Incredible diversity, commitment and accomplishment. This is a great a credit to these individuals. But I can't help but think it is also a credit to the wonderful inspiration Scott gave all of us to serve a larger cause than ourselves and to make a difference.  It is certainly something I will never forget about my time working for him. It is also something I suspect the public knows very little about because it doesn't make flashy headlines.  But it does make a worthy and noble legacy.

Monday, November 30, 2009

The Poisoned Well

The Engage with Grace movement (see post below) was so impressive because it sought to bring about real and meaningful conversations about important - but difficult -- health care topics.  If we are to succeed as a nation in improving our health outcomes and lowering cost (or at least lowering the rate of cost growth), we need to get much more comfortable having these difficult conversations.  Yet, we continue to allow certain voices to poison the well, as occurred earlier this year with bogus claims of "death panels", which was followed by the immediate stripping of reasaonble provisions from reform legislation in order to avoid the topic like the plague. 

It looks like this may be happening again on another topic: whether women under 50 should get routine annual mammograms.

Wednesday, November 25, 2009

Engage with grace

One of the things all hospital lawyers have to deal with is sorting through issues surrounding family disputes over end-of-life decisions. This is never the happiest part of our job. We see the pain and sadness that often results when individuals and families chose to avoid advanced discussion about end-of-life issues.

Last Thanksgiving weekend, many bloggers participated in the first documented blog rally to promote Engage With Grace - a movement aimed at having all of us understand and communicate our end-of-life wishes.

It was a great success, with over 100 bloggers in the healthcare space and beyond participating and spreading the word. Plus, it was timed to coincide with a weekend when most of us are with the very people with whom we should be having these tough conversations - our closest friends and family.

The original mission - to get more and more people talking about their end of life wishes - hasn't changed. And in light of the the craziness, scare tactics and misinformation in Congress this year over "death panels", it is all the more important to bring sensible, clear information to this important topic.

At the heart of Engage With Grace are five questions designed to get the conversation started. We've included them at the top of this post. They're not easy questions, but they are important. Having a template like this - just five questions in plain, simple language - can deflate some of the complexity, formality and even misnomers that have sometimes surrounded the end-of-life discussion.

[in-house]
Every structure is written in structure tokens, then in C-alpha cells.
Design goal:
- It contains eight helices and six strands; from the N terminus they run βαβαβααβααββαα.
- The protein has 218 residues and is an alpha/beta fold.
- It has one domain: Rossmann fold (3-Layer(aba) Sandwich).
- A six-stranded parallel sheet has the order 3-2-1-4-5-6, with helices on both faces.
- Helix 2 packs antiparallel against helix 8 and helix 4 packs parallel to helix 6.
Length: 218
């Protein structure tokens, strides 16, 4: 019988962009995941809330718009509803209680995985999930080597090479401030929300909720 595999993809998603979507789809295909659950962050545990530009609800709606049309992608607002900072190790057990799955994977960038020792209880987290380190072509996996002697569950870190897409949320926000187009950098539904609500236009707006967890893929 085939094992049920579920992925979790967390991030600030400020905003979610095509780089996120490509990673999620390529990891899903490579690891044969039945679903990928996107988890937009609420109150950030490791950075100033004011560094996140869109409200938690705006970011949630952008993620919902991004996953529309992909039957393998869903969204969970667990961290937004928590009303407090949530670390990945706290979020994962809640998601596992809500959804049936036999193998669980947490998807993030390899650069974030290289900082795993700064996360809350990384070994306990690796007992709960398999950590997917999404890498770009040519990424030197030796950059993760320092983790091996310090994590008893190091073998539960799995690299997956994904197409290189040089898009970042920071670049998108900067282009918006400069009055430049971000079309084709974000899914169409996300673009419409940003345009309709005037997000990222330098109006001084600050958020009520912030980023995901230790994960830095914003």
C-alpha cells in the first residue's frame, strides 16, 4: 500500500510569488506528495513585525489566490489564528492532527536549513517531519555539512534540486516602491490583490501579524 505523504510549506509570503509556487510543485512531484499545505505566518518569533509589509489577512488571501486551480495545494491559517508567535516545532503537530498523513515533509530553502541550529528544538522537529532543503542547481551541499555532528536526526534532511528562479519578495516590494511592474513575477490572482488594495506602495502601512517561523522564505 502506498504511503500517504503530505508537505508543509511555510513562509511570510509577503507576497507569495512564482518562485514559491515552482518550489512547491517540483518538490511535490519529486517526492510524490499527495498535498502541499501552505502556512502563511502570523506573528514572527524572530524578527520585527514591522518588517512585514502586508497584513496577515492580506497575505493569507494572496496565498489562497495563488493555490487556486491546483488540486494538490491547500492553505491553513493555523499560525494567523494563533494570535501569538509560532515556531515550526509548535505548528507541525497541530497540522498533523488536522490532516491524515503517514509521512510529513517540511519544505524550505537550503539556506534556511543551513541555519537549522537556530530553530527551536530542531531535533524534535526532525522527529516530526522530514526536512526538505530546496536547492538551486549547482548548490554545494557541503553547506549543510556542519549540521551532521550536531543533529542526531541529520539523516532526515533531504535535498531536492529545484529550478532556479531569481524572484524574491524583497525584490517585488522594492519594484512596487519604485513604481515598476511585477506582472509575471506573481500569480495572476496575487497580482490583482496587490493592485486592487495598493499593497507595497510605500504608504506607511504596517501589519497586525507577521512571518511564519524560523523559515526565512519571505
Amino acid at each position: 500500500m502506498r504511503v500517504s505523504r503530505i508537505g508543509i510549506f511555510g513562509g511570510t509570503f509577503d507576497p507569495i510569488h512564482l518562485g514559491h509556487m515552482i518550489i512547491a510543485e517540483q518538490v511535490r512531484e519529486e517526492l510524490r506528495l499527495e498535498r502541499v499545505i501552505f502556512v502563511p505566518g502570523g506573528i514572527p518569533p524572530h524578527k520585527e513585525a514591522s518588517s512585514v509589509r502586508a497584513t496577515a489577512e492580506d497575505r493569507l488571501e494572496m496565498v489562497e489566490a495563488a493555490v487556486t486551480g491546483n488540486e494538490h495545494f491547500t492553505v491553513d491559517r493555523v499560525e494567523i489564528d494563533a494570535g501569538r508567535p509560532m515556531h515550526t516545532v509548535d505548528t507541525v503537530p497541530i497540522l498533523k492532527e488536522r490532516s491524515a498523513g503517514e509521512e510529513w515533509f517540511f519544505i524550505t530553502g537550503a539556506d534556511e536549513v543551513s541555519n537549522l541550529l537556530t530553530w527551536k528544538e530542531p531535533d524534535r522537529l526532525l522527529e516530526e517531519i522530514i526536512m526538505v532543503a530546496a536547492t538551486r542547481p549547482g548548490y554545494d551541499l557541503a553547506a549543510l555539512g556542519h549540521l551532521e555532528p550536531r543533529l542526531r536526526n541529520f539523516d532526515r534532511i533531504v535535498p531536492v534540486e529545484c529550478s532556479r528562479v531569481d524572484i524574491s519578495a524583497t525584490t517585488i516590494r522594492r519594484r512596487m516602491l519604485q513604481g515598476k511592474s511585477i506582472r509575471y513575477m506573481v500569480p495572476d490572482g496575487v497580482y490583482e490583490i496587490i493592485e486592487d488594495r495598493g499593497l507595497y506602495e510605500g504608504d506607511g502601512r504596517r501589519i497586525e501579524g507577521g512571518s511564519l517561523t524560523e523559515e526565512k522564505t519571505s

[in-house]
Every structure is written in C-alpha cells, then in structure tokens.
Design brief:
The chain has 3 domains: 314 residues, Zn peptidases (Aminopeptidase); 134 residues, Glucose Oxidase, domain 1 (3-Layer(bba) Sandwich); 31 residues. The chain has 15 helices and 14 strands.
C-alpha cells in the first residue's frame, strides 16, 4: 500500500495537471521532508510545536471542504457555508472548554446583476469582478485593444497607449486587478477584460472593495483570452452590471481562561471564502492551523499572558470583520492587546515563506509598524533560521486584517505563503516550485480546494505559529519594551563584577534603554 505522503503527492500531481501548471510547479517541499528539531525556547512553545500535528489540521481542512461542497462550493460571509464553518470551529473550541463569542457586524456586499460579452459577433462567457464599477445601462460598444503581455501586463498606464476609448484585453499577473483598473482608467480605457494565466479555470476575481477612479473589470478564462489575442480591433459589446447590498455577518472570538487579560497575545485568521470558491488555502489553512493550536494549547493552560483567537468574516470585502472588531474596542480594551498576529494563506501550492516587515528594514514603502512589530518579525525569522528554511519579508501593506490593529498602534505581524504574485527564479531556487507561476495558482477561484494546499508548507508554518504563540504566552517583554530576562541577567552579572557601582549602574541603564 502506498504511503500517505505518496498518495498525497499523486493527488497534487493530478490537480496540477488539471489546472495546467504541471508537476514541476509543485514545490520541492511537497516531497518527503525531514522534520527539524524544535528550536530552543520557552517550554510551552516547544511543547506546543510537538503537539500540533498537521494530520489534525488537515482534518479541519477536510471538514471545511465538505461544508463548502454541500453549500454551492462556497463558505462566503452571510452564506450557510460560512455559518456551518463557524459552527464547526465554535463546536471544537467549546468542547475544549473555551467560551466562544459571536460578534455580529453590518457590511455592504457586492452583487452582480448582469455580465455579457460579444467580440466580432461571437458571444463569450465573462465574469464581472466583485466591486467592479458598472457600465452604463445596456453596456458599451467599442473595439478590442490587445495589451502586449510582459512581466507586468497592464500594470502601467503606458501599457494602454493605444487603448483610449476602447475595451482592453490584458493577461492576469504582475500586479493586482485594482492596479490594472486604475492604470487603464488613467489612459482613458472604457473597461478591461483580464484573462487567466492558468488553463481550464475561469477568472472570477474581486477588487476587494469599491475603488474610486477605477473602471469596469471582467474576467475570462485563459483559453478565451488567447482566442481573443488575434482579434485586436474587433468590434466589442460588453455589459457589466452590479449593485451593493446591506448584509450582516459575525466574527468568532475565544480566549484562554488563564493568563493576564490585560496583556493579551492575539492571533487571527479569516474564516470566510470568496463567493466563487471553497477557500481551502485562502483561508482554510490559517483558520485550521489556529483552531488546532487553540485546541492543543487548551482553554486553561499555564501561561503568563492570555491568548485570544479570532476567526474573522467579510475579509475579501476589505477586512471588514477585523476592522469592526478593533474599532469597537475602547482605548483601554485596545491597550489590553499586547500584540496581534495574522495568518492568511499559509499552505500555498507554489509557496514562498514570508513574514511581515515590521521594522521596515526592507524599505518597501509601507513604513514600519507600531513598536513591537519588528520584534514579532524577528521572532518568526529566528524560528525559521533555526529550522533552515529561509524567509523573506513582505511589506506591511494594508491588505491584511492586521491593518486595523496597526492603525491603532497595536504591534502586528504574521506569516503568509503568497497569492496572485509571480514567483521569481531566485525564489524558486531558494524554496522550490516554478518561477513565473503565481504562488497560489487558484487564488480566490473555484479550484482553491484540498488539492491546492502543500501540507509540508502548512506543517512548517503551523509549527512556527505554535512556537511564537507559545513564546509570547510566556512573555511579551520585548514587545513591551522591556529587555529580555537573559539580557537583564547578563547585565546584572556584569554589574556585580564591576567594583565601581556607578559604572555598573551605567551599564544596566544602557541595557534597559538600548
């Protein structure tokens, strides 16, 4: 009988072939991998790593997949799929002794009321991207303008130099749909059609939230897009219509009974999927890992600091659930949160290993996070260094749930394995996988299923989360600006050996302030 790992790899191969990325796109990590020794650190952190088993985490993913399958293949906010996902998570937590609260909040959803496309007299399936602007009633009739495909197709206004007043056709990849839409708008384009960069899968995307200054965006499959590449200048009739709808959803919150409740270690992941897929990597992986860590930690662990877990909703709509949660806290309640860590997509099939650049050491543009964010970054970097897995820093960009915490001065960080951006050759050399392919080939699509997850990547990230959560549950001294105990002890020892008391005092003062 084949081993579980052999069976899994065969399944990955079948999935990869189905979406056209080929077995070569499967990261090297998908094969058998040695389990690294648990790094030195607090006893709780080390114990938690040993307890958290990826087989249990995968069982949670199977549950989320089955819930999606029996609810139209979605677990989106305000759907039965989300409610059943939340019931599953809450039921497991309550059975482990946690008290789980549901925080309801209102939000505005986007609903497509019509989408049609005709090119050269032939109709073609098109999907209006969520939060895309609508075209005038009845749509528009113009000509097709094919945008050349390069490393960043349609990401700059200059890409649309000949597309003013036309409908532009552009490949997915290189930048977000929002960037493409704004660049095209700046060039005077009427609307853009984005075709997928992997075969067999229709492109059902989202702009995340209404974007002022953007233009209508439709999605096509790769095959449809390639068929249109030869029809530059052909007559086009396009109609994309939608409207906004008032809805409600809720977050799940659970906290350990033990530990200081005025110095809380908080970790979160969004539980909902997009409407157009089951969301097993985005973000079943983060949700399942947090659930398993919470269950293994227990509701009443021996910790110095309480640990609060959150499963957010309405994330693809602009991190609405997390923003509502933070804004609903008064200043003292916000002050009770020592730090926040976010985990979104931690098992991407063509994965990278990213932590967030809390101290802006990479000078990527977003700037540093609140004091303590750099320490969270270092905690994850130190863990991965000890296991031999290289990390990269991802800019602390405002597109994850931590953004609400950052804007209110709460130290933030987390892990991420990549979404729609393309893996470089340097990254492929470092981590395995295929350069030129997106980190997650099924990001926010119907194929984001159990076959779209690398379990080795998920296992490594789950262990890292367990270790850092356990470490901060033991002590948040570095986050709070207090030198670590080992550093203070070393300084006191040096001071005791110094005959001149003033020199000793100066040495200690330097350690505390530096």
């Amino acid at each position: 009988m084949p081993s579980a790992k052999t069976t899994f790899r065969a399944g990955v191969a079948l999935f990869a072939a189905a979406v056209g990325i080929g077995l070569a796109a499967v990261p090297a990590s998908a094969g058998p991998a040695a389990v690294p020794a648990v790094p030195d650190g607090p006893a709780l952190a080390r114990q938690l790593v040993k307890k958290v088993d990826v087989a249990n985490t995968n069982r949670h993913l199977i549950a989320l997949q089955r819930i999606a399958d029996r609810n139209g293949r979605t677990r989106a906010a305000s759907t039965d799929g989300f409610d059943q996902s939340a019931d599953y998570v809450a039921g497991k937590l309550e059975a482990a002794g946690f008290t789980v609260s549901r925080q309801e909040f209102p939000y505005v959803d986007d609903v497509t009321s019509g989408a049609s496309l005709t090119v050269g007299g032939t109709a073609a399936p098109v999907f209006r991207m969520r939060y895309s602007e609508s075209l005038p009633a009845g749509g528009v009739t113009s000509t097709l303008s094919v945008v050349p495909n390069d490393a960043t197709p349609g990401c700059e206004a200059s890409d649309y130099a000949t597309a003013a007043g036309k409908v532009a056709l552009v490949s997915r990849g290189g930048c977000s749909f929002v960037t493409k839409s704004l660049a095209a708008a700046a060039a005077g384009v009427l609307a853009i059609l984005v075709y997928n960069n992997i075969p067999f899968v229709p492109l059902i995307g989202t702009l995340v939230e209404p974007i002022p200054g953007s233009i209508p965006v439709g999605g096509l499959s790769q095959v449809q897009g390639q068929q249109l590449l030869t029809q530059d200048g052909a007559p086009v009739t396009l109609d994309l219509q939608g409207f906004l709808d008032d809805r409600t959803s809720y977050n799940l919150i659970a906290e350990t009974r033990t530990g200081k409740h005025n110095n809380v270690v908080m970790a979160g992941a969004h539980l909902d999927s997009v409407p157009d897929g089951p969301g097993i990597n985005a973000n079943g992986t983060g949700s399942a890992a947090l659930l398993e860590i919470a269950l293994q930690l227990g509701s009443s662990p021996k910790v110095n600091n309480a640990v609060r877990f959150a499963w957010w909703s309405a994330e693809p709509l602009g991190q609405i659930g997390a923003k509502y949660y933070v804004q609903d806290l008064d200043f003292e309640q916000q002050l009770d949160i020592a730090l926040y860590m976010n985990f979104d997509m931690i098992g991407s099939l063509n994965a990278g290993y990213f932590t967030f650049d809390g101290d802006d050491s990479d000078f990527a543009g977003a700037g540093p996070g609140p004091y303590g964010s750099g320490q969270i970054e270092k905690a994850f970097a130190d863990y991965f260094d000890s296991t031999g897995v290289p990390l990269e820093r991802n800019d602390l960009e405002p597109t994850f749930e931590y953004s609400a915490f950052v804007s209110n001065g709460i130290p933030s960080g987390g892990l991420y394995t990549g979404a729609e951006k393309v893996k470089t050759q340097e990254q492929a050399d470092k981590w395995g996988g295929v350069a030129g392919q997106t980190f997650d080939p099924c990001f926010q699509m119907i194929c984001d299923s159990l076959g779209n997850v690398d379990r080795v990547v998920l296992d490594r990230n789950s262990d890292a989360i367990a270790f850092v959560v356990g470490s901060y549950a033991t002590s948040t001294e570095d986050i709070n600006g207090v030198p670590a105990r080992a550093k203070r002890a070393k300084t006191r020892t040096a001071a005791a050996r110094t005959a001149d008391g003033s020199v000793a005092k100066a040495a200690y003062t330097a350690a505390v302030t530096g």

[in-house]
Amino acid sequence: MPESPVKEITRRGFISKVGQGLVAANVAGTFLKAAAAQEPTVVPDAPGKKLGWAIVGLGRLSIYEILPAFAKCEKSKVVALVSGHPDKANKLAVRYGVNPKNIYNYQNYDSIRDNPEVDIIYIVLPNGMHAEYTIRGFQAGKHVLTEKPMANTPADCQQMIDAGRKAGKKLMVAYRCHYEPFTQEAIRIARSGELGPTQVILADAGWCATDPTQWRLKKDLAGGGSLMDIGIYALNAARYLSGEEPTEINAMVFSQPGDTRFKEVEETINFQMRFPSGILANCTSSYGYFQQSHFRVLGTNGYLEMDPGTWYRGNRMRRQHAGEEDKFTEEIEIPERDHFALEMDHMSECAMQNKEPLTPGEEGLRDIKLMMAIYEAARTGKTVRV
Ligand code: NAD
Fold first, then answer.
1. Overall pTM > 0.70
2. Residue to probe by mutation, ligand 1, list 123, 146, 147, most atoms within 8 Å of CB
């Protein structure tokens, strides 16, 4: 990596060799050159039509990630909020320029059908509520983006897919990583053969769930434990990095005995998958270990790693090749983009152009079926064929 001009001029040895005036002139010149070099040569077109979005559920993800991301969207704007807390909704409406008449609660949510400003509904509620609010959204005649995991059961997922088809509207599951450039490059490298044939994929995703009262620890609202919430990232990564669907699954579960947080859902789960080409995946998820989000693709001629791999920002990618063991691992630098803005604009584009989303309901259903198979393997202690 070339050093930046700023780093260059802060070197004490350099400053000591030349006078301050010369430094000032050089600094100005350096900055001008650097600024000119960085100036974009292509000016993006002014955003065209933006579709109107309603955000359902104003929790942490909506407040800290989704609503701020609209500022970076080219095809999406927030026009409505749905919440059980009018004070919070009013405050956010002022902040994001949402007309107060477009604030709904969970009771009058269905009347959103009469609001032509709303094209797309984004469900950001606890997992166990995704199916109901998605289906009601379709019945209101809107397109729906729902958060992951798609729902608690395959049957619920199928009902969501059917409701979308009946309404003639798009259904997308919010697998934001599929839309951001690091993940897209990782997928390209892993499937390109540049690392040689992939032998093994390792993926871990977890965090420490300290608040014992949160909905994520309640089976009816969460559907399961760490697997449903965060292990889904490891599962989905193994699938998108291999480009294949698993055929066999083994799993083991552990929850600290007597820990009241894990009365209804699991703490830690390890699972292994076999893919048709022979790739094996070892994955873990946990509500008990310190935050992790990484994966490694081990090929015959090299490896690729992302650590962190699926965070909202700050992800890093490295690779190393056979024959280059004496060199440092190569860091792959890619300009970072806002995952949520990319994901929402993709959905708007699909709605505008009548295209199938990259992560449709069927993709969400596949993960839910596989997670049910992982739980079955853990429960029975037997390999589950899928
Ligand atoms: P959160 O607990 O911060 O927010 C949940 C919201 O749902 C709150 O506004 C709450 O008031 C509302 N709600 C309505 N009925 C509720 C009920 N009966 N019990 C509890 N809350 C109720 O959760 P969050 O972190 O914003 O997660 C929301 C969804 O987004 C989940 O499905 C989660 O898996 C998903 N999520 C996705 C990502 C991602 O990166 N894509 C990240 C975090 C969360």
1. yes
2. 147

So with that, think about them, document them, share them.  If you want to learn more, check out David Harlow's excellent post on his blog from last year.  Wishing you and yours a holiday that's fulfilling in all the right ways.

Tuesday, November 24, 2009

The cost of doing nothing

There has been enormous focus - as there should be - on the cost of national health reform. But in order to have a meaningful debate, we must also consider the cost of no reform. Here are just a few basic facts about the status quo. Per capita spending on health care in the United States is this highest of any country in the World. But not just a little higher. It is double the spending in other industrialized countries with high standards of living. This includes Germany, Canada, France, Australia and the United Kingdom. But that's not all. Our costs are growing at a faster rate than these other countries and our health spending is a higher percentage of GDP than these other countries. In short, by any conceivable measure, we are a huge outlier compared to the rest of the planet. But surely we must be delivering better quality of care for all of this extra spending, right? Wrong. Under most standard measures of quality (except perhaps for "rescue" care), other countries are delivering far better results than we are. If we were a business, we would be on the verge of bankruptcy. And the only way a business avoids bankruptcy is to substantially reform its business. (If you are interested in two views on the economic benefit lost from not pasing health reform, see this Op Ed in the Globe from earlier this month by Linda Bilmes and Rosemary Day.